Morning Report: Friday’s jobs report and the FOMC 2/5/18

Vital Statistics:

Last Change
S&P Futures 2848.0 -9.0
Eurostoxx Index 382.4 -5.7
Oil (WTI) 65.0 -0.4
US dollar index 83.6 0.0
10 Year Govt Bond Yield 2.83%
Current Coupon Fannie Mae TBA 103.591
Current Coupon Ginnie Mae TBA 103.688
30 Year Fixed Rate Mortgage 4.26

Markets are lower this morning as last week’s weakness continues. Bonds and MBS are flat.

Not a lot of data this week (typical in the week after the jobs report), but we will have plenty of Fed-Speak all week.

The services economy continues to hum, as the ISM non-manufacturing PMI hit 59.9.

Bonds rolled over Friday on the jobs report, which showed stronger-than-expected wage growth. The 10 year bond yield has increased dramatically since last fall, and it certainly looks like bond yields want to test that 3% level.

Despite the big sell off in the bond market on the jobs report, the Fed Funds futures didn’t really do much – they are predicting a 78% chance of a 25 basis point hike in March, which is where it was mid week. Janet Yellen has previously said she wanted to “let the labor market run hot” and Jerome Powell is considered to be more or less the same philosophically as Yellen was on the issue of monetary policy. I suspect the Fed is comfortable to maintain the current pace of rate hikes, to get off the zero bound and allow the economy to digest the new levels. They don’t need to be aggressive quite yet, and IMO they are looking at the employment – population ratio as much as the increase in average hourly earnings. If you look at it from their standpoint, they have a duty to maximize employment as well as control inflation. Even though the unemployment rate says “full employment” the employment to population ratio and the labor force participation rate do not. Some of the drop is demographic, but not all of it. Here is a way to put the drop in the labor force participation rate into perspective: The big increase in the labor force participation rate started in the 1960s and was driven by women entering the workforce. Half those gains were given back during the recession. Until that number moves up, the Fed is going to stay dovish unless we get a massive upward surprise on inflation.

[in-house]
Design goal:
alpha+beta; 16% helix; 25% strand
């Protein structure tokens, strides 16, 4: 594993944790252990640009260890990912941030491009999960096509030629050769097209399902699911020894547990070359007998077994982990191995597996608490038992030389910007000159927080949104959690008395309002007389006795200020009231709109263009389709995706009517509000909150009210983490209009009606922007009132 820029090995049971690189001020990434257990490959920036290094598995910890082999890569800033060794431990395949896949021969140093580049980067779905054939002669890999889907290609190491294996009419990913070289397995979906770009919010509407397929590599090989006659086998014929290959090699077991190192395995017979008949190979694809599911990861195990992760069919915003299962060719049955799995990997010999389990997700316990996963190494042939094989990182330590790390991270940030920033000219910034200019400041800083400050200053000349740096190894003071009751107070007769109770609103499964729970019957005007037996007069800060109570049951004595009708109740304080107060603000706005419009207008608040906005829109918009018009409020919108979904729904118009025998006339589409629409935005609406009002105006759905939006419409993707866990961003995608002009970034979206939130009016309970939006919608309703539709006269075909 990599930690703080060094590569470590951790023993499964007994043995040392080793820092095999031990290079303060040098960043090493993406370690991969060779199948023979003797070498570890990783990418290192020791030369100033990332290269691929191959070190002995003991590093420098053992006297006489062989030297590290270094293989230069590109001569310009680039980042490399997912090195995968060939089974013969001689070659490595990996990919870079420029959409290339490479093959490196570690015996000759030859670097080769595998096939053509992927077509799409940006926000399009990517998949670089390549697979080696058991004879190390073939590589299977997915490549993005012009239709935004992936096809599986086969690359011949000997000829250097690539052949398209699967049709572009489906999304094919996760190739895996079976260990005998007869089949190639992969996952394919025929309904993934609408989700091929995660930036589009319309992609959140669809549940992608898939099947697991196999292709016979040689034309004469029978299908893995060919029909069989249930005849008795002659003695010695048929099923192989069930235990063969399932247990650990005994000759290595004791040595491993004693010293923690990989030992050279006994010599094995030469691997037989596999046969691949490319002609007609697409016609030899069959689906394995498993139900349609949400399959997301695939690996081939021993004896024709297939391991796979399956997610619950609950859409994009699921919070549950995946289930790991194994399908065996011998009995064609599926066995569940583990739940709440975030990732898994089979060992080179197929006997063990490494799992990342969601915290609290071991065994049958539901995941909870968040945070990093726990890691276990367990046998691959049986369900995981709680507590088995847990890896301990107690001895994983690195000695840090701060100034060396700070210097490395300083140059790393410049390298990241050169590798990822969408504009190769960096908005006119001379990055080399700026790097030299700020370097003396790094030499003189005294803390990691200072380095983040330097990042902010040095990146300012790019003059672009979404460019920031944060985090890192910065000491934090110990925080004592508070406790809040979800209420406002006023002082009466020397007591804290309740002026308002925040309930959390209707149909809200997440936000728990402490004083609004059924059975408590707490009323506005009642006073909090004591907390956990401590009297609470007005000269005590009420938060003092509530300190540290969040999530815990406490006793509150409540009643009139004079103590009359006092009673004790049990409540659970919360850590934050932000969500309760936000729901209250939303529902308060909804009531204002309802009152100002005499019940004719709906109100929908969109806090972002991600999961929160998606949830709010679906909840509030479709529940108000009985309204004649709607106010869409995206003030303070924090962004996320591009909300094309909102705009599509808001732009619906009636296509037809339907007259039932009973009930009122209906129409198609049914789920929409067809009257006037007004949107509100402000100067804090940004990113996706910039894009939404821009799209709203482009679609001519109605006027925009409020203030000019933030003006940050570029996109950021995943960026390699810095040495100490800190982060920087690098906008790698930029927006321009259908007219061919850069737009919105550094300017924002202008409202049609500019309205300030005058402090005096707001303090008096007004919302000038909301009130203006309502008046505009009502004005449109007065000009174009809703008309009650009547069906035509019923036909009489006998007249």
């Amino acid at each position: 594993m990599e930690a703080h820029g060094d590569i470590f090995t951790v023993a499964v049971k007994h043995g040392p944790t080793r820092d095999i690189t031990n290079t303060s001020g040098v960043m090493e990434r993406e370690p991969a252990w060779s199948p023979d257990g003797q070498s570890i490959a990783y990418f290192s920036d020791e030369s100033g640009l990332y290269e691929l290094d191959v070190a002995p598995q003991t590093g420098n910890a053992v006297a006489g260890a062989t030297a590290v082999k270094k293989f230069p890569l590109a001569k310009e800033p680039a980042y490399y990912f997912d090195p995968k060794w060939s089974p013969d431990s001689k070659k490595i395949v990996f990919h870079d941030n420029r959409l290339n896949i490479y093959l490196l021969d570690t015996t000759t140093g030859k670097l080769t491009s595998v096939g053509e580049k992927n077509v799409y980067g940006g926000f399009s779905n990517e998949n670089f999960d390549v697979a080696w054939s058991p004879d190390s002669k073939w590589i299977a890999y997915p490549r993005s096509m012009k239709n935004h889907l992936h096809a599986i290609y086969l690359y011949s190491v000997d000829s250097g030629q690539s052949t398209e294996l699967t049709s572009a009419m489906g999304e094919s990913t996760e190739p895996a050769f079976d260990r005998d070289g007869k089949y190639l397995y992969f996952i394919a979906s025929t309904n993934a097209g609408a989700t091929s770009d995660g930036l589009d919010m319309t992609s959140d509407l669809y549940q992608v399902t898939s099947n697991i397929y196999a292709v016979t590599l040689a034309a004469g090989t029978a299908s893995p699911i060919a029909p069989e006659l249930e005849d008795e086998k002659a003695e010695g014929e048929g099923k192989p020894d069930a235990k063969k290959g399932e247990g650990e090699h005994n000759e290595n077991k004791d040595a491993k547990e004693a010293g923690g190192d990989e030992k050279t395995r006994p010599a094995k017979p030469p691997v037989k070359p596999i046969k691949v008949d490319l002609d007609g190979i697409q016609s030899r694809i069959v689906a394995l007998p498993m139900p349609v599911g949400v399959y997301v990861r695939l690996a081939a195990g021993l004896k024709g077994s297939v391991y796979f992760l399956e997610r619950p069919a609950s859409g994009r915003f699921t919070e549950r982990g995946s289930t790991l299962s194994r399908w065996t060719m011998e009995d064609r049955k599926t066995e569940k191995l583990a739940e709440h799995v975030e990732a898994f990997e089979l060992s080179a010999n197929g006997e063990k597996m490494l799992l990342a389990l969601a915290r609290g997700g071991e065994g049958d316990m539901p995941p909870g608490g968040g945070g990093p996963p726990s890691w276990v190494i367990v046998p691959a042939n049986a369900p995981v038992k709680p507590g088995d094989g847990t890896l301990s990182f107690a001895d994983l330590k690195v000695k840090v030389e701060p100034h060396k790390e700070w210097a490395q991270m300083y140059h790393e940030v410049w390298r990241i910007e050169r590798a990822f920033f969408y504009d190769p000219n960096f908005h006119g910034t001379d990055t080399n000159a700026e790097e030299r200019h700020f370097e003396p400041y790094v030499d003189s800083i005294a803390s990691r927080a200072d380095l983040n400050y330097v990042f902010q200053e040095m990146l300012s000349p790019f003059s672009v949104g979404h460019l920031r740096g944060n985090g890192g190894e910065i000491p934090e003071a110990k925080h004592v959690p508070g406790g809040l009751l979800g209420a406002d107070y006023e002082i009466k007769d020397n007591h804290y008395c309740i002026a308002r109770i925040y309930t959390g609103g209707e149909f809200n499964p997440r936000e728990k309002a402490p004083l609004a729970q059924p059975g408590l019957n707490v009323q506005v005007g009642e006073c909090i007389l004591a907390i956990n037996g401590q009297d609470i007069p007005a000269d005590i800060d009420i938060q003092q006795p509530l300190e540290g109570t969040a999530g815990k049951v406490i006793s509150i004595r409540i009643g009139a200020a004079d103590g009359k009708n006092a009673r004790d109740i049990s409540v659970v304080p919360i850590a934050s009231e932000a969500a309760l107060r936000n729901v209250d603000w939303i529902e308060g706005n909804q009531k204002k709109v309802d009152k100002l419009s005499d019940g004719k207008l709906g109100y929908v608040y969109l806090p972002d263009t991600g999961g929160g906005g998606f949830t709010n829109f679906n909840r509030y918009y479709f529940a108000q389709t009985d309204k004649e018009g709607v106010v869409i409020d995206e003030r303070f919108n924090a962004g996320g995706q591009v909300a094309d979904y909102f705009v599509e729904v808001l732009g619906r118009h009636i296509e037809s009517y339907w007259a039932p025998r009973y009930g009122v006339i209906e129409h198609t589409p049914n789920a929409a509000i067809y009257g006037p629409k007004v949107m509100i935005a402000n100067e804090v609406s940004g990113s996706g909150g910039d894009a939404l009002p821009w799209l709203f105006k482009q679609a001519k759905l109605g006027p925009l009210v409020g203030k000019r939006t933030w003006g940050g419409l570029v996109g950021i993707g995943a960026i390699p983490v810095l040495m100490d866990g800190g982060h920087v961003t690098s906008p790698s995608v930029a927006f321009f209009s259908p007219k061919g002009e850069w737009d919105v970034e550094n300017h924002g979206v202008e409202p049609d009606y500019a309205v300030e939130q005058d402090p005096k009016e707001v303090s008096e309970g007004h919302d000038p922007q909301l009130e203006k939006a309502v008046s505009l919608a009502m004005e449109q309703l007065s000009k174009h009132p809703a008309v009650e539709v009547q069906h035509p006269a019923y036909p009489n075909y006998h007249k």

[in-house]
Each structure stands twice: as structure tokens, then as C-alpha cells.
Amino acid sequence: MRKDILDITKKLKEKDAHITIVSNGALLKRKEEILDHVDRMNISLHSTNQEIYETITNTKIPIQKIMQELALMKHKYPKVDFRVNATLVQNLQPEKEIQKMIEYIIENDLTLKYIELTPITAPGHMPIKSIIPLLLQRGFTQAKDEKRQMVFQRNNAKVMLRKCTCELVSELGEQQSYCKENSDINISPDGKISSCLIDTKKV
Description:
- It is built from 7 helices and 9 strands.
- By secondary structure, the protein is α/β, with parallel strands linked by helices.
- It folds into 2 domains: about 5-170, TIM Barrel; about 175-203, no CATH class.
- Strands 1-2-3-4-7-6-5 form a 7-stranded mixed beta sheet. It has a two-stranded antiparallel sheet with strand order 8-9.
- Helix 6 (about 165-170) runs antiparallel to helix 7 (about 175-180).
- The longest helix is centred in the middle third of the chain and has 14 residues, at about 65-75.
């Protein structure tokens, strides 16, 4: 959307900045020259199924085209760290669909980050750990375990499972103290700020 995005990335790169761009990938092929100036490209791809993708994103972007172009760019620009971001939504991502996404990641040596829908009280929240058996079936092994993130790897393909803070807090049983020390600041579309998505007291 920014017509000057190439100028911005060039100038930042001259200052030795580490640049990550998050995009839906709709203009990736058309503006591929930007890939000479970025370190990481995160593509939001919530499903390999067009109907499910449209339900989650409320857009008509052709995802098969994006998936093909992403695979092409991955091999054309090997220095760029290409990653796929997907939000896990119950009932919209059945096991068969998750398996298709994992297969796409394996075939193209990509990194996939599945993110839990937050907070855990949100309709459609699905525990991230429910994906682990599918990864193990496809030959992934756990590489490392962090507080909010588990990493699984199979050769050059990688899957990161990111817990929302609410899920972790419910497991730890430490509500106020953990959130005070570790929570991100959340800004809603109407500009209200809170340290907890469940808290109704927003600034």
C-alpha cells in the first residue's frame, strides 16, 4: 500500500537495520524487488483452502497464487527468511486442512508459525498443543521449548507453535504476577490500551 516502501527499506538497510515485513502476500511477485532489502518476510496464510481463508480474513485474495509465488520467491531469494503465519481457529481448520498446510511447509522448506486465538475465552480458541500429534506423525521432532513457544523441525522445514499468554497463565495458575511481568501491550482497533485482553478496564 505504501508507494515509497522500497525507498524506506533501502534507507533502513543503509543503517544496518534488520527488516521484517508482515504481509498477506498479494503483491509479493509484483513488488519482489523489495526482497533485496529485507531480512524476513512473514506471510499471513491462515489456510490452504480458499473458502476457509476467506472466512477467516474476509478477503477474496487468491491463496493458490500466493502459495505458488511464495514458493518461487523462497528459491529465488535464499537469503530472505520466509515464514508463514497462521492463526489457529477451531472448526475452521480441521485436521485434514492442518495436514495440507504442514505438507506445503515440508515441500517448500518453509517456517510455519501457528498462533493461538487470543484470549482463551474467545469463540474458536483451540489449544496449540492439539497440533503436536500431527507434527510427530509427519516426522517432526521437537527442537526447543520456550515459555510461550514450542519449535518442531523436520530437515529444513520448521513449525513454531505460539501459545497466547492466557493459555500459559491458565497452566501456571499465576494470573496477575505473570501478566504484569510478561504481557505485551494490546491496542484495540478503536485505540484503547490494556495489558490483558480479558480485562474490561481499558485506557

Won’t all of these raises were are seeing force the Fed’s hand? More and more companies are increasing compensation and capital expenditures. Keep this in mind: one-time bonuses are probably not going to do much for inflation, especially if they are saved / used to pay down debt. That said, the increase in paychecks from tax reform starts this month.

The Atlanta Fed raised its Q1 GDP estimate to 5.4% on Friday. They have been a bit of an outlier in terms of growth predictions, but still – 5% plus is an eye-popping number.

Forbes has a list of the best housing markets for 2018… Lots of Midwestern and Southern cities, and none of the usual suspects like SF, Seattle, etc.

Acting CFPB Director Mick Mulvaney has taken the office of Fair Lending and Equal Opportunity and moved it under his direct control. Consumer advocates are unhappy, but this looks mainly like a shuffling of the organizational chart. The big change – Mulvaney will be in charge of enforcement, which is in keeping with the philosophy he outlined in his memo to the CFPB.

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